One study reveals that Blacks spend more on luxury (clothes, cars, jewelry) items than their White counterparts—spending as much as 28 percent more on those types of goods than Whites. This is a big deal because in this nation, the median Black income is still about half of the median income for Whites. Oh, and the wealth gap in America is not is a myth. According to the New York Times, for every $100 in white family wealth, black families hold just $5.04. A report by the Institute for Policy Studies asserts that the 400 richest families in America own more wealth than all Black families combined. And according to a 2018 study produced by the Samuel DuBois Cook Center on Social Equity, a White family living near the poverty line still has about $18,000 in wealth while Black family living near the poverty line owns nearly zero wealth.

Of course the wealth gap in America was not caused by how much money Black people spend on Gucci. We know that it has been created by institutional and systemic racism that has brought about bias in banking, homeownership, and employment. But Black folks sure aren’t helping the situation with spending habits that only make rich White people richer.

Yes, Prada and Gucci should hire more people of color. Our active presence is needed in all spaces. But threatening to withhold our support from Prada, Gucci or H&M until they meet some demands and then running back to get the latest Gucci bag as soon as they hire two Black people doesn’t really help Black people in general. In the end, it only benefits, you guessed it, Prada and Gucci and H&M as our dollars contribute to their massive bottom line. 

Guess what would help our communities more, however? It’s simple; let’s take those same dollars we have been using to help make the CEOs of Prada, Gucci, H&M and others rich, and support Black-owned fashion brands and labels. That would be one hell of a response to the “and then what” question.

Christian Omeshun, ENIN, Deep, Christie Brown, Adorned by Chi, daily paper, Alero Jasmine, Arryles and BCB3 are just a few of literally scores of up-and-coming and well-established Black-owned clothing lines that offer a range of prices, styles and look—from classic to casual to high-end glam.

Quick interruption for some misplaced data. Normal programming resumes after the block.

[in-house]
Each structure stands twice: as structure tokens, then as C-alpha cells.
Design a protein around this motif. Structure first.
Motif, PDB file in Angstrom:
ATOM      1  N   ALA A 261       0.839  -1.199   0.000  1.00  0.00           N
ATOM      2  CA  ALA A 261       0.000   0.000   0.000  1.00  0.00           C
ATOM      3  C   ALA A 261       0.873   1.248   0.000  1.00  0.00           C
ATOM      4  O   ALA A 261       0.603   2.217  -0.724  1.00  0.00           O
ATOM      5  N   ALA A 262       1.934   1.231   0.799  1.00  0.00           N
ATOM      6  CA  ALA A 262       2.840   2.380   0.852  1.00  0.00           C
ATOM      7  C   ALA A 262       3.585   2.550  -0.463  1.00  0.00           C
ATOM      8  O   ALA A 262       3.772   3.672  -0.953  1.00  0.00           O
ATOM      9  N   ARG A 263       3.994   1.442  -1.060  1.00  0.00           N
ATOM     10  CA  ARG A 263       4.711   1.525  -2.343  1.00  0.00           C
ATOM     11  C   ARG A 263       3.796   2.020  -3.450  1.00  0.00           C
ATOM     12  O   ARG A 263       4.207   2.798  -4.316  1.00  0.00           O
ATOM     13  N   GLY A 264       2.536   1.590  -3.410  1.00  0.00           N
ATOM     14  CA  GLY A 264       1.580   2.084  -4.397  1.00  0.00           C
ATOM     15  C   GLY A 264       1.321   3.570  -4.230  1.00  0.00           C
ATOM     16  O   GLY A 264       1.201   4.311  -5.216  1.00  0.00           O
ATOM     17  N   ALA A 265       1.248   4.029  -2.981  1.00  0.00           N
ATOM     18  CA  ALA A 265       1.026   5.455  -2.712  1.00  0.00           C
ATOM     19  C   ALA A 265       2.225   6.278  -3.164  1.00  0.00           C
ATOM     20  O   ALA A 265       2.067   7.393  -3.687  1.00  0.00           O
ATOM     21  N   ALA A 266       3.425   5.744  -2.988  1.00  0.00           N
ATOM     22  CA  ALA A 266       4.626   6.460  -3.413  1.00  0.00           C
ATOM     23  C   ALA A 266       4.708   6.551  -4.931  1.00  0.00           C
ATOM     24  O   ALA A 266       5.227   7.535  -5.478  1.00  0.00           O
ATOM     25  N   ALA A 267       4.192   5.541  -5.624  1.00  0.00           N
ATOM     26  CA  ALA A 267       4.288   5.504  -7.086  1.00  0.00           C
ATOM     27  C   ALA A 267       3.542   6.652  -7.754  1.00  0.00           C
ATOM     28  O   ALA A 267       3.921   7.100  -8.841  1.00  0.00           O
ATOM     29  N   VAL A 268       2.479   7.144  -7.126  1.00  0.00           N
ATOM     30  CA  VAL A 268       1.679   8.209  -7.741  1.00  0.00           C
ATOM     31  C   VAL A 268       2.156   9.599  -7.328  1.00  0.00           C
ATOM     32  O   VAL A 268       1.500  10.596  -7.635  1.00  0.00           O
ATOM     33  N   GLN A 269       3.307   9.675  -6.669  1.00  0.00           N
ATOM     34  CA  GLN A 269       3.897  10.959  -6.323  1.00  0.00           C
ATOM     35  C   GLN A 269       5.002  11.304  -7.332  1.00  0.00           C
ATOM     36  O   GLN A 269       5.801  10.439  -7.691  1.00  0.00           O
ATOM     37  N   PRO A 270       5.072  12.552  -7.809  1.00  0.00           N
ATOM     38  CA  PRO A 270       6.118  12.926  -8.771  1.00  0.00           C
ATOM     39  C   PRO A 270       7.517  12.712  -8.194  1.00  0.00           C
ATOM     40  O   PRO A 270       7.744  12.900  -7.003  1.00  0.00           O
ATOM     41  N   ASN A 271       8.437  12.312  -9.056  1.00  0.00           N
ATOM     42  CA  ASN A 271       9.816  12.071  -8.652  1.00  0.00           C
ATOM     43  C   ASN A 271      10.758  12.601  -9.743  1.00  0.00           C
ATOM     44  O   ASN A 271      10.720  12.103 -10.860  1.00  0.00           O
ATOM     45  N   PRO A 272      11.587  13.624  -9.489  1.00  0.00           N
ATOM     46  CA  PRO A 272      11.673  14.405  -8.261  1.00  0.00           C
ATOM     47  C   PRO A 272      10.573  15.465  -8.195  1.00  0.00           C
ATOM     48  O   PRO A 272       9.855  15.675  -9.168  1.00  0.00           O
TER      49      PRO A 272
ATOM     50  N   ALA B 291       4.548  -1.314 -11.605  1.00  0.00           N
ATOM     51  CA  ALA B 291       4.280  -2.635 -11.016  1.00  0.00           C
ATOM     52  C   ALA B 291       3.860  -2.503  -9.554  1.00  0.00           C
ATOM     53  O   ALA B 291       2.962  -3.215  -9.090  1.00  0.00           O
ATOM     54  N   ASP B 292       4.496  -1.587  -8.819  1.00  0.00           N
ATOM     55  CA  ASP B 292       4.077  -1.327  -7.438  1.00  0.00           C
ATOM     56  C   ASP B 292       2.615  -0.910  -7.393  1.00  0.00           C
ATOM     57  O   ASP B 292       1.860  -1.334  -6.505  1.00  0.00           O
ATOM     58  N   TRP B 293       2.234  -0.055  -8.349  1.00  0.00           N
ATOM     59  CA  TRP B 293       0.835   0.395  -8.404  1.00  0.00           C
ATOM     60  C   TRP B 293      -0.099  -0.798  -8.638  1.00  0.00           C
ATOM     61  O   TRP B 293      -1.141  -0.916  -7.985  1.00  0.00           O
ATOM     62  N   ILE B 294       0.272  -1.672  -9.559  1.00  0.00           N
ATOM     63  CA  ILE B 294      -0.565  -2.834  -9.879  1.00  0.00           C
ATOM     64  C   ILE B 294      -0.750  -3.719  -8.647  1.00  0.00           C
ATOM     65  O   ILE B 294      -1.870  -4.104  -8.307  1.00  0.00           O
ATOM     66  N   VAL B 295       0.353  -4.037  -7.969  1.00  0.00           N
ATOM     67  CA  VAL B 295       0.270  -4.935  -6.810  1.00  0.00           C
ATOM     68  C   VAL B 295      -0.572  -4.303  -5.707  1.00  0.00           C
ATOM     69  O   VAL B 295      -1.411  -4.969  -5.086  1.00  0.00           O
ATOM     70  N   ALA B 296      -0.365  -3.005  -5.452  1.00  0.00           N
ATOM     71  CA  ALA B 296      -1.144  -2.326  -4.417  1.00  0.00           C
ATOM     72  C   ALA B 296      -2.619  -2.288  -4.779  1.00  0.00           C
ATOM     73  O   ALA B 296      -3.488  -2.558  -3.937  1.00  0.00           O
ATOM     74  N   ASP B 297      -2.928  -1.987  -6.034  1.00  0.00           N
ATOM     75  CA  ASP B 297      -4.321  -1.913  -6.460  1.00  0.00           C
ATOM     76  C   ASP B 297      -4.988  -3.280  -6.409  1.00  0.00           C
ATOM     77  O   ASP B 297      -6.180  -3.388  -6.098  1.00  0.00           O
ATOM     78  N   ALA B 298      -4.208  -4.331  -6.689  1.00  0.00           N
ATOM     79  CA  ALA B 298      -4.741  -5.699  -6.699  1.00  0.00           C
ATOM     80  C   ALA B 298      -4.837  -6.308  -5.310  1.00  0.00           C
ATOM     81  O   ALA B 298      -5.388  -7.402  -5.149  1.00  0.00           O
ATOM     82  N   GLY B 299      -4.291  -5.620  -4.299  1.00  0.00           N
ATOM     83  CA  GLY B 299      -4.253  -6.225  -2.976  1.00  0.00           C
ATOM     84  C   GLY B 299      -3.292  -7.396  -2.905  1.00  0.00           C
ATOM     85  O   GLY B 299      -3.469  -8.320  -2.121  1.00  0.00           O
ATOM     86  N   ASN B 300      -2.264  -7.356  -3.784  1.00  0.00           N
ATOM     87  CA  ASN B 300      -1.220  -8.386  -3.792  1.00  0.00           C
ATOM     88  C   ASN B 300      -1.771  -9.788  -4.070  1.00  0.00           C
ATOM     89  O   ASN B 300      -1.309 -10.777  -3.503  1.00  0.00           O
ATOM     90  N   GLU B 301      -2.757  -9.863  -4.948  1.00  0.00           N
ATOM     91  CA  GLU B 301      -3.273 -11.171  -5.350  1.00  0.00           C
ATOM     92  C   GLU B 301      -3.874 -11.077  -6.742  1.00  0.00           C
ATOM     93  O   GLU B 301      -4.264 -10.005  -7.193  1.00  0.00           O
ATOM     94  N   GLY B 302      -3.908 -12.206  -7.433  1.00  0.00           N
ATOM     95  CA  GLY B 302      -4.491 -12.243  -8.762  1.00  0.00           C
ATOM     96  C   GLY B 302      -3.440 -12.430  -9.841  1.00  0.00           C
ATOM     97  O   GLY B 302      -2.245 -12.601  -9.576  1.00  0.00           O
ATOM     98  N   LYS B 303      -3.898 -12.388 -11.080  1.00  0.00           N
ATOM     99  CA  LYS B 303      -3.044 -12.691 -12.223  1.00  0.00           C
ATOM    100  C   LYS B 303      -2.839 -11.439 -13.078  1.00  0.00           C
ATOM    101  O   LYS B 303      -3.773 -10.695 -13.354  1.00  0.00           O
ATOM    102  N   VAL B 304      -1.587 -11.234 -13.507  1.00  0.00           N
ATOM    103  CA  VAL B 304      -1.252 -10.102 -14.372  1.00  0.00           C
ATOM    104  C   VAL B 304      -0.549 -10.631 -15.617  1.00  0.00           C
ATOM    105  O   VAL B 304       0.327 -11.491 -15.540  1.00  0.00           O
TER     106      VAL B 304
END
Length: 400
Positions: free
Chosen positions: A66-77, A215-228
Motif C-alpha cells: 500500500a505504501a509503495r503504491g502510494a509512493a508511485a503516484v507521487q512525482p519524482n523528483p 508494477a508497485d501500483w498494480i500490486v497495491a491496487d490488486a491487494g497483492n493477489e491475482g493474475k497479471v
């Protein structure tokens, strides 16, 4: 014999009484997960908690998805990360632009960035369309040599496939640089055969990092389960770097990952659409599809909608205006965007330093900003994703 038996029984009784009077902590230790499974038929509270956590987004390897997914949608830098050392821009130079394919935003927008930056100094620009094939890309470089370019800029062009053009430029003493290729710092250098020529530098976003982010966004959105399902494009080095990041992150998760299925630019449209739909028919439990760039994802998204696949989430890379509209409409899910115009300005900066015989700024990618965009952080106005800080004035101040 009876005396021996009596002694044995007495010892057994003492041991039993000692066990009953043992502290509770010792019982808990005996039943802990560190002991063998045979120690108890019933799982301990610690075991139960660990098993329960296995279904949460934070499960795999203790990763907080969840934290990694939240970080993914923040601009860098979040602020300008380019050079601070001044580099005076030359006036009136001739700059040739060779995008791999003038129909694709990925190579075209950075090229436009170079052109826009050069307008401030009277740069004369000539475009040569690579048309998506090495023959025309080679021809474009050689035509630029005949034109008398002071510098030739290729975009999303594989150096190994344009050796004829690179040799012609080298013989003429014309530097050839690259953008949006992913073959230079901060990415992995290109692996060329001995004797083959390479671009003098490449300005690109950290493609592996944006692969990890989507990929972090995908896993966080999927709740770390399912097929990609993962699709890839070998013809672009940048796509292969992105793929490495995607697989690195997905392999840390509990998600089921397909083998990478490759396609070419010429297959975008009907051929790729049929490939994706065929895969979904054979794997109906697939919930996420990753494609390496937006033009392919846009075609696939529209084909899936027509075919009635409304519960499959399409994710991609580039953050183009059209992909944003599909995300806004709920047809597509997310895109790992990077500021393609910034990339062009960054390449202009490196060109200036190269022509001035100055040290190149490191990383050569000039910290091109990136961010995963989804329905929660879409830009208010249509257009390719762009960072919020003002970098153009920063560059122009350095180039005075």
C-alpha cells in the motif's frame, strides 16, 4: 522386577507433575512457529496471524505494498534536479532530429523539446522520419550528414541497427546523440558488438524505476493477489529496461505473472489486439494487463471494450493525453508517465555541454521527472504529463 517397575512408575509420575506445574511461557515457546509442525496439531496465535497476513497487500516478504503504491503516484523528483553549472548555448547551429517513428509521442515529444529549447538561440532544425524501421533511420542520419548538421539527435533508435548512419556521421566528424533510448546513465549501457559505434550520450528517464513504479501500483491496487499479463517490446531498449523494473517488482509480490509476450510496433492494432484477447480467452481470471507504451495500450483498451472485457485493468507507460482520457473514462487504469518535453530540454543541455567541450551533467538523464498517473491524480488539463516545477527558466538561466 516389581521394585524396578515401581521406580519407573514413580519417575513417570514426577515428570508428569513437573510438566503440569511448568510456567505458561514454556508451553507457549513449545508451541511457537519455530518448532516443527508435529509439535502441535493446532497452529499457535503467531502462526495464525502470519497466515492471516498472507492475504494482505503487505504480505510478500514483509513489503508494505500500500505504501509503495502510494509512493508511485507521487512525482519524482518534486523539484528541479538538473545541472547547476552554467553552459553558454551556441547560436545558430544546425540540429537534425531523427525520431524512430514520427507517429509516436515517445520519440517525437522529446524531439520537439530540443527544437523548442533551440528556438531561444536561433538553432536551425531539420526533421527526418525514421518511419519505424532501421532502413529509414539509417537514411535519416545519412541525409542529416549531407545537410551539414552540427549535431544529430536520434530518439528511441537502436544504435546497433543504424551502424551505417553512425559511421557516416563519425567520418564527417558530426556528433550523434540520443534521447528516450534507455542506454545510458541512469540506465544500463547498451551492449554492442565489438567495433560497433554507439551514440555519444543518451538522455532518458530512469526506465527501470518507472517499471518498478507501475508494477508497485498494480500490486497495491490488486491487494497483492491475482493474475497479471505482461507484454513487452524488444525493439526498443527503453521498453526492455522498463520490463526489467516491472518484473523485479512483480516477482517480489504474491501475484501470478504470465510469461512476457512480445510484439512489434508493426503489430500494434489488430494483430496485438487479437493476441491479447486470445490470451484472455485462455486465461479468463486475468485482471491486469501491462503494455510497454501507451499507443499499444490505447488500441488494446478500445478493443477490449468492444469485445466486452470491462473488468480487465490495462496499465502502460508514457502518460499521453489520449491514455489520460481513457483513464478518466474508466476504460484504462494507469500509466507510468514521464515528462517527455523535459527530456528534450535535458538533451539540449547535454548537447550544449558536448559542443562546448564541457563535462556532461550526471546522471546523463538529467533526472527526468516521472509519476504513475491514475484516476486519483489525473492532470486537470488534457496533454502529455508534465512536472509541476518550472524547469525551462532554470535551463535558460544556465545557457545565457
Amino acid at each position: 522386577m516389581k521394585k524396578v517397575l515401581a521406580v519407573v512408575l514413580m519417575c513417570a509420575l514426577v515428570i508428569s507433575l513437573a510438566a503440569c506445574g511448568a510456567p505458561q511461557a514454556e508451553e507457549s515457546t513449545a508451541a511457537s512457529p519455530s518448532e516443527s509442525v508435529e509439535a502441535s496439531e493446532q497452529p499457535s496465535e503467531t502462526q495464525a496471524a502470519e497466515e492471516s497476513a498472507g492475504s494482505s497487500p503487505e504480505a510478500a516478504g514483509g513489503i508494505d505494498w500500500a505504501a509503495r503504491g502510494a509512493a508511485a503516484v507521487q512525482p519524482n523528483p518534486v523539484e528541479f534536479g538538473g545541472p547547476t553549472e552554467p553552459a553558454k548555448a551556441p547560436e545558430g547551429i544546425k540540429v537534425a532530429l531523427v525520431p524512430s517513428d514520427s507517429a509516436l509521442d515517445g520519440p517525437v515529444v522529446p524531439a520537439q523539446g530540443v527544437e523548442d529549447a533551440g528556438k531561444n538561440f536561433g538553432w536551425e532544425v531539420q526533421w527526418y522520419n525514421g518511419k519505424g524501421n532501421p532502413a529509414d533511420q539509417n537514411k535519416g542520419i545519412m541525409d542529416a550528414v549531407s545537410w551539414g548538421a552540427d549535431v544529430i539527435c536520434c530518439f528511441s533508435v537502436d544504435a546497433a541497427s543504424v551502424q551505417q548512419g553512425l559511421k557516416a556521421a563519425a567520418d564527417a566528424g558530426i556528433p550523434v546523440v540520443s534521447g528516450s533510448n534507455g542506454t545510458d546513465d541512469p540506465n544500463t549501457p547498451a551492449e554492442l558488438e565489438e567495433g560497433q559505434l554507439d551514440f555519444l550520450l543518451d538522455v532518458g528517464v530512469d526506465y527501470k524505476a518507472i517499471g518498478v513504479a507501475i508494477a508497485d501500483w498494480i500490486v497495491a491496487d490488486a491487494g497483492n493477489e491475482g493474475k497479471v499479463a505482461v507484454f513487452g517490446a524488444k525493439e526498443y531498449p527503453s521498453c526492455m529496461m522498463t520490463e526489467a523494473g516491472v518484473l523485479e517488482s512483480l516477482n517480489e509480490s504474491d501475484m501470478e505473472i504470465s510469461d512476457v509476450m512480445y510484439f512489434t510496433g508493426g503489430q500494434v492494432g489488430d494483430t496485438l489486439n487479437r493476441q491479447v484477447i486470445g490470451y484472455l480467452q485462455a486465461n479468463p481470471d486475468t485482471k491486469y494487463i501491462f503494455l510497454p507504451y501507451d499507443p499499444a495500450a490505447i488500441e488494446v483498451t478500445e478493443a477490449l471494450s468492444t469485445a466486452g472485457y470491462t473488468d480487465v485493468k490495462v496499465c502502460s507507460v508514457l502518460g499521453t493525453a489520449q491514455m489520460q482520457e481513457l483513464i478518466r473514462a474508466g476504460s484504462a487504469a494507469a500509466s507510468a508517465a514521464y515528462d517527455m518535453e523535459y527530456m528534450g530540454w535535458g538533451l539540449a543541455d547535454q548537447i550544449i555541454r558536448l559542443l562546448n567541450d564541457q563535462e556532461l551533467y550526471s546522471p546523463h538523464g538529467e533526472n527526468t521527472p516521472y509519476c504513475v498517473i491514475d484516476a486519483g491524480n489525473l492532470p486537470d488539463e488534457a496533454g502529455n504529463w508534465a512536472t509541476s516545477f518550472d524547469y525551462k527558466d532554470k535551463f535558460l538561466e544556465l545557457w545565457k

And we don’t want to hear anything about these or other Black designers and labels not offering the designs that consumers are looking for. Gucci is out here selling a wide-brim straw hat for $450 that pairs perfectly with a blue and red tweed dress that looks like a dyed potato sack with trim and buttons for almost $3000, calling it “vintage”.  With that, we have a good deal of confidence that any of the Black designers and labels we mentioned above offer styles that fit right in with what is being sold as high-fashion today.

Do We Even Know What Mad Looks Like?

We are not saying that Black people should not protest, demand change, or hold others accountable and responsible. Of course, the outrage is appropriate. We absolutely should be mad. 

But then what? 

And do we even know what “mad” looks like? 

Have we gotten mad enough to take our $1.2 trillion buying power and use it in a way that builds Black businesses and creates more jobs and opportunities for Black people? 

Are we mad enough yet to take our schools back from the corrupt corporate entities that have come in under the guise of reform and replaced education with business models that do not work for poor and black children?

Can we get mad enough to stop giving our votes over and over again to slick-talking politicians—Black, White and other—who make and break promises with the rising of the sun.

It’s time for our community to look beyond the surface. Posturing and “putting on” is getting us nowhere. And neither is demanding other folk to take responsibility for what they have done. 

We appreciate the importance of erasing the signs and symbols of racism from our world. But it’s way more important to attack, challenge and dismantle racism.

Here in New Orleans, we razed Confederate-era monuments. And it was a good thing, but now what?  Yes, we can agree that in the 21st century or any other, they had no place in the public space. Admittedly, We may not have seen the vision when this proposal was pushed a few years ago; still we, too, are glad they are gone. 

But now that they are gone, are our schools any better? Are minimum wage workers in our state earning more than $7.25 an hour? Are we finding our way out of the affordable housing crisis? 

The answer to each of those questions and many others is an emphatic “no”. Those challenges require more than a bulldozer. They require us to roll up our sleeves, strap on our boots and do the heavy and hard work of building, supporting and strengthening our communities with our money, our power, our votes and influence without apology or trepidation. They require us to couple our outrage with the kind of action that brings about concrete change. We have to flip this thing. 

After more than 200 years of American slavery, a century of Jim Crow followed by more decades of conditions dictated by inequities across every area of our society, one thing is certain—NO ONE IS COMING TO SAVE US! 

We will have to take on this task ourselves.

The truth is Black folk don’t have enough room to hold all the admissions of guilt, acts of contrition, reparations, amends and make-goods that America owes. We can’t even begin to calculate that astronomical figure here at The New Orleans Tribune office. Luckily, we don’t need to. Because whatever it is, we’ll never get it.

So something happens, and we get mad! 

But then what!

The New Orleans Tribune